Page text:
Now it’s time to name your business. You might already have a killer name in mind, but don’t speed through this part. Workshop all of your ideas with friends and family, then verify that your favorite options aren’t already in use. Also, make sure that a corresponding domain name is available. It can be helpful to peruse the directory of the US Patent and Trademark Office (USPTO).
“Choosing a name for their new business can give founders more sleepless nights than anything else,” says business expert Alison Coleman. “Getting it right is crucial, but also very tricky, as a brand name can mean a lot to 1 person and absolutely nothing to another. The decision depends on a number of factors. For example, is it more important that the name is relevant and easy to spell, so people can find it via search engine queries, or that it communicates exactly what the company offers or sells?”
With your perfect name in place, it’s time to choose the legal structure for your business. You’ve probably heard of LLCs, but there are numerous other structures to consider. You’ll want to chat with your accountant to get an expert opinion on the matter.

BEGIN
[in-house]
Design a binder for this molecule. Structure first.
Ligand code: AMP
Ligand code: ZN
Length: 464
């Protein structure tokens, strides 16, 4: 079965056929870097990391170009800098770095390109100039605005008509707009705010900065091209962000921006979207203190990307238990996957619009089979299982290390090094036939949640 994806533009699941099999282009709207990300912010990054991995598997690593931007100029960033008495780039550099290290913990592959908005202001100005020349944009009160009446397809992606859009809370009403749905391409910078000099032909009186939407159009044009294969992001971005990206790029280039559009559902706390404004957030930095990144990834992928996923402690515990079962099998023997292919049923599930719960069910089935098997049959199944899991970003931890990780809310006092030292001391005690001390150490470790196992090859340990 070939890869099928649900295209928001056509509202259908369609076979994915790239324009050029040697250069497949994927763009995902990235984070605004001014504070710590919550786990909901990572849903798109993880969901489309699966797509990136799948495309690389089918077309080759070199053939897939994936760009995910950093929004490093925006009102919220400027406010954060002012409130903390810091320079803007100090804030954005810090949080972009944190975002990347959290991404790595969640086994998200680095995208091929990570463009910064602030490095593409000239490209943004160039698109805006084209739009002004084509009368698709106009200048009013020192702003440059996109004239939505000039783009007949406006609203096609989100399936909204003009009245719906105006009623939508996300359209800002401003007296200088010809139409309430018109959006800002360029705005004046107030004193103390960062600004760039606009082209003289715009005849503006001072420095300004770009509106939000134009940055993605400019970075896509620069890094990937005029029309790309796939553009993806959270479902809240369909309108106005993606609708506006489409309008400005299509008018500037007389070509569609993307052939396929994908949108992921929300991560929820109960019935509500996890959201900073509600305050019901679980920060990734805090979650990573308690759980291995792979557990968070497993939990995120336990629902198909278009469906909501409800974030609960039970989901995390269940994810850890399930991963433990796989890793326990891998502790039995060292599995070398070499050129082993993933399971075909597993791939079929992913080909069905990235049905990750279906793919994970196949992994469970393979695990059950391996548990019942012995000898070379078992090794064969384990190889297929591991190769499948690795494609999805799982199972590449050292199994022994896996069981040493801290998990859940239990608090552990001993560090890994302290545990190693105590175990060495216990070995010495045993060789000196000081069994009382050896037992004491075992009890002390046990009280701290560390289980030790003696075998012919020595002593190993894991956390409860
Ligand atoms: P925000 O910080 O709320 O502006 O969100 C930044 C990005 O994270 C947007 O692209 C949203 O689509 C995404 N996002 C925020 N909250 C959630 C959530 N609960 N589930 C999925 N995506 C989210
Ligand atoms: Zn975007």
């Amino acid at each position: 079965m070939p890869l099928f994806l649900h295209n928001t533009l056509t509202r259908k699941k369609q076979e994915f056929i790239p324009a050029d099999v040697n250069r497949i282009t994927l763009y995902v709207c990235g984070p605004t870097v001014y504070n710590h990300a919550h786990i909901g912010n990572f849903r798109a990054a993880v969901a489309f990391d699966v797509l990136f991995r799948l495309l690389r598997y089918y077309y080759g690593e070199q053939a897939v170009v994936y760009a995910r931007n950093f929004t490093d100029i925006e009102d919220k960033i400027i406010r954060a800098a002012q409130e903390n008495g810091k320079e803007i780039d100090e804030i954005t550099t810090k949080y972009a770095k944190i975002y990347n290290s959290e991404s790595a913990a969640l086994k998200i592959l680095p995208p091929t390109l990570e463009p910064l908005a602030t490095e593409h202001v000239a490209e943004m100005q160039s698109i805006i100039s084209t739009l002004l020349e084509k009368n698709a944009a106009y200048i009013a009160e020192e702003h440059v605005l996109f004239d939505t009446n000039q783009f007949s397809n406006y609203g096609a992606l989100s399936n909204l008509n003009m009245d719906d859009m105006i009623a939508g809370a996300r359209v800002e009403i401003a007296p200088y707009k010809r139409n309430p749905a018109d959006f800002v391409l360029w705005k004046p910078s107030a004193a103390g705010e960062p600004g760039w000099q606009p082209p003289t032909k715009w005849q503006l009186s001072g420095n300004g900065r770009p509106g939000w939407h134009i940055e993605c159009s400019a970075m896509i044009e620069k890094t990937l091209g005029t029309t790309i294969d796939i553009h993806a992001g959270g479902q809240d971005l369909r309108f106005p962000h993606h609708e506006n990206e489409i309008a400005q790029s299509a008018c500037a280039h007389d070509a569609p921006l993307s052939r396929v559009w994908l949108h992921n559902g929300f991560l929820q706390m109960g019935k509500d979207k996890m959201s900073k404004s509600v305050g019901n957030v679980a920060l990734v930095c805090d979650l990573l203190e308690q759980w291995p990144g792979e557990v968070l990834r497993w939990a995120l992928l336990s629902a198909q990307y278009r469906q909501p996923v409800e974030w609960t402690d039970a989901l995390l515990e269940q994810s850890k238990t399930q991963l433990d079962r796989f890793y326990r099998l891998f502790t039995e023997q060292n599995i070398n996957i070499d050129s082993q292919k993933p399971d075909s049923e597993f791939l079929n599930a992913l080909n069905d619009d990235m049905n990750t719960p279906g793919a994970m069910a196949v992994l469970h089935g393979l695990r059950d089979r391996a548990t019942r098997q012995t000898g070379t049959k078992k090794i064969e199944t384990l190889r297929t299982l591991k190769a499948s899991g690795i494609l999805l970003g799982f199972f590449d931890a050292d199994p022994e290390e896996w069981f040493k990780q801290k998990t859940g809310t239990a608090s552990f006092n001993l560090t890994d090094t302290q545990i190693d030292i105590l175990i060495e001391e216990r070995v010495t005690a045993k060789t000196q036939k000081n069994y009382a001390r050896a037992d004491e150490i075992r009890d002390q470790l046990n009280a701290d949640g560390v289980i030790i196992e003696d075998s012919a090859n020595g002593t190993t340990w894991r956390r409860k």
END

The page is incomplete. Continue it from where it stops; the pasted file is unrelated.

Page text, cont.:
Here are the most popular legal structures for small businesses:
- Limited Liability Company (LLC): This flexible structure gives your online store the opportunity to grow and diversify in the future. It also protects you from financial liabilities.
- Sole Proprietorship: Perfect for online shops with only 1 owner, this structure is also the easiest to set up.
- C Corporation: Like an LLC, this structure allows you to create your business as a separate entity so that you won’t be responsible for any potential financial liabilities. But the high setup costs and complex tax rules make it a poor fit for many small businesses.
- S Corporation: Unless your online shop is part of a bigger and more complex business, you probably won’t choose this route. S corporations are difficult and expensive to set up, but they offer benefits such as liability protection and the ability to have up to 100 shareholders.
- Partnership: If your online shop has multiple owners, think about setting it up as either a partnership or a limited partnership so you can properly share the revenue and the liability.